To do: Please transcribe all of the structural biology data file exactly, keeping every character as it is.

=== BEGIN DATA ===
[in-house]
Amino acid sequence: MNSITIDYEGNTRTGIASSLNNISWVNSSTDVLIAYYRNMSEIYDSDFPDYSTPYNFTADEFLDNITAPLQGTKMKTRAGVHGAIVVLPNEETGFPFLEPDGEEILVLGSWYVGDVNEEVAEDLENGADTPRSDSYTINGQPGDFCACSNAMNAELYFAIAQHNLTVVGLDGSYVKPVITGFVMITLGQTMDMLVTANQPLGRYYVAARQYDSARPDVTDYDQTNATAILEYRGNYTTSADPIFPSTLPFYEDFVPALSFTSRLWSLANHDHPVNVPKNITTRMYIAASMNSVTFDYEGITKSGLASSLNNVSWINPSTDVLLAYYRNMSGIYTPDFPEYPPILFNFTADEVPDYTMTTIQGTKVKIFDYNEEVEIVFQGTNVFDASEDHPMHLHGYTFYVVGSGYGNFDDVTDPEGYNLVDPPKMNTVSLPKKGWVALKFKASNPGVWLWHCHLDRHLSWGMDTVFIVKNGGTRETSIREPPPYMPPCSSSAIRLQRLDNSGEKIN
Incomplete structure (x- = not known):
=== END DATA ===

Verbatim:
[in-house]
Amino acid sequence: MNSITIDYEGNTRTGIASSLNNISWVNSSTDVLIAYYRNMSEIYDSDFPDYSTPYNFTADEFLDNITAPLQGTKMKTRAGVHGAIVVLPNEETGFPFLEPDGEEILVLGSWYVGDVNEEVAEDLENGADTPRSDSYTINGQPGDFCACSNAMNAELYFAIAQHNLTVVGLDGSYVKPVITGFVMITLGQTMDMLVTANQPLGRYYVAARQYDSARPDVTDYDQTNATAILEYRGNYTTSADPIFPSTLPFYEDFVPALSFTSRLWSLANHDHPVNVPKNITTRMYIAASMNSVTFDYEGITKSGLASSLNNVSWINPSTDVLLAYYRNMSGIYTPDFPEYPPILFNFTADEVPDYTMTTIQGTKVKIFDYNEEVEIVFQGTNVFDASEDHPMHLHGYTFYVVGSGYGNFDDVTDPEGYNLVDPPKMNTVSLPKKGWVALKFKASNPGVWLWHCHLDRHLSWGMDTVFIVKNGGTRETSIREPPPYMPPCSSSAIRLQRLDNSGEKIN
Incomplete structure (x- = not known):